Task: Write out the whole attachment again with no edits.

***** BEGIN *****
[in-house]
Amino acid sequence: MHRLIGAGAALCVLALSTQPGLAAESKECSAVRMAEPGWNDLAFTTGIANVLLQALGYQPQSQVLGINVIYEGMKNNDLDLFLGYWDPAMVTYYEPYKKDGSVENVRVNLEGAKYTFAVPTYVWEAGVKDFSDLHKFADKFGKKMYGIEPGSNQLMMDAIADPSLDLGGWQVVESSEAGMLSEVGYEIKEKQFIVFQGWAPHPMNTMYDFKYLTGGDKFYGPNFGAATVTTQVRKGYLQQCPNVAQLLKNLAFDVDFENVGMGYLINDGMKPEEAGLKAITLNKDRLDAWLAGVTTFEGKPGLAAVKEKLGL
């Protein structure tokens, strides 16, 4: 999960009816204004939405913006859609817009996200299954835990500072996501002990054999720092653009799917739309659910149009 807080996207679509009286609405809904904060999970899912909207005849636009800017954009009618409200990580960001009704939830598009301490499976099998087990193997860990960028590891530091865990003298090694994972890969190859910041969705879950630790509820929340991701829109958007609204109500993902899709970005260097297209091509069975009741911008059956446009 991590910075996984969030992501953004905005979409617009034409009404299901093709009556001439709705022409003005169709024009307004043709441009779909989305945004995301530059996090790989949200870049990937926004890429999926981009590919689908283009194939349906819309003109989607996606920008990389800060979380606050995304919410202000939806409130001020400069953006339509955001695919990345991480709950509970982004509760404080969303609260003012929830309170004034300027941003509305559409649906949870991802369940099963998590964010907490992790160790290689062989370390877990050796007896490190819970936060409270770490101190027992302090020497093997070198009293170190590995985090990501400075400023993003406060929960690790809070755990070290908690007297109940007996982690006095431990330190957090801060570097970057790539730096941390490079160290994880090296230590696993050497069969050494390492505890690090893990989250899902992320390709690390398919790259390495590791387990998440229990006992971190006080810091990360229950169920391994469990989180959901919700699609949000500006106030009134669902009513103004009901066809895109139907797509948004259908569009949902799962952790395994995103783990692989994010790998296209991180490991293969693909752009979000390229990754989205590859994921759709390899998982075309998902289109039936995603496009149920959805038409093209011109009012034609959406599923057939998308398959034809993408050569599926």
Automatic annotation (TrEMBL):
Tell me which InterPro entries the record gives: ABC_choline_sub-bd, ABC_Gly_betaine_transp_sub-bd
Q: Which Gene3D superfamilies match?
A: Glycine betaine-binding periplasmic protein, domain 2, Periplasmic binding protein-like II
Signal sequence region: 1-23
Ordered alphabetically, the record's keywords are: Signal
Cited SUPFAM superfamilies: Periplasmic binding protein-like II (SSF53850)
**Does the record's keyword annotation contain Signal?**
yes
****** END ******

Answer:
[in-house]
Amino acid sequence: MHRLIGAGAALCVLALSTQPGLAAESKECSAVRMAEPGWNDLAFTTGIANVLLQALGYQPQSQVLGINVIYEGMKNNDLDLFLGYWDPAMVTYYEPYKKDGSVENVRVNLEGAKYTFAVPTYVWEAGVKDFSDLHKFADKFGKKMYGIEPGSNQLMMDAIADPSLDLGGWQVVESSEAGMLSEVGYEIKEKQFIVFQGWAPHPMNTMYDFKYLTGGDKFYGPNFGAATVTTQVRKGYLQQCPNVAQLLKNLAFDVDFENVGMGYLINDGMKPEEAGLKAITLNKDRLDAWLAGVTTFEGKPGLAAVKEKLGL
């Protein structure tokens, strides 16, 4: 999960009816204004939405913006859609817009996200299954835990500072996501002990054999720092653009799917739309659910149009 807080996207679509009286609405809904904060999970899912909207005849636009800017954009009618409200990580960001009704939830598009301490499976099998087990193997860990960028590891530091865990003298090694994972890969190859910041969705879950630790509820929340991701829109958007609204109500993902899709970005260097297209091509069975009741911008059956446009 991590910075996984969030992501953004905005979409617009034409009404299901093709009556001439709705022409003005169709024009307004043709441009779909989305945004995301530059996090790989949200870049990937926004890429999926981009590919689908283009194939349906819309003109989607996606920008990389800060979380606050995304919410202000939806409130001020400069953006339509955001695919990345991480709950509970982004509760404080969303609260003012929830309170004034300027941003509305559409649906949870991802369940099963998590964010907490992790160790290689062989370390877990050796007896490190819970936060409270770490101190027992302090020497093997070198009293170190590995985090990501400075400023993003406060929960690790809070755990070290908690007297109940007996982690006095431990330190957090801060570097970057790539730096941390490079160290994880090296230590696993050497069969050494390492505890690090893990989250899902992320390709690390398919790259390495590791387990998440229990006992971190006080810091990360229950169920391994469990989180959901919700699609949000500006106030009134669902009513103004009901066809895109139907797509948004259908569009949902799962952790395994995103783990692989994010790998296209991180490991293969693909752009979000390229990754989205590859994921759709390899998982075309998902289109039936995603496009149920959805038409093209011109009012034609959406599923057939998308398959034809993408050569599926």
Automatic annotation (TrEMBL):
Tell me which InterPro entries the record gives: ABC_choline_sub-bd, ABC_Gly_betaine_transp_sub-bd
Q: Which Gene3D superfamilies match?
A: Glycine betaine-binding periplasmic protein, domain 2, Periplasmic binding protein-like II
Signal sequence region: 1-23
Ordered alphabetically, the record's keywords are: Signal
Cited SUPFAM superfamilies: Periplasmic binding protein-like II (SSF53850)
**Does the record's keyword annotation contain Signal?**
yes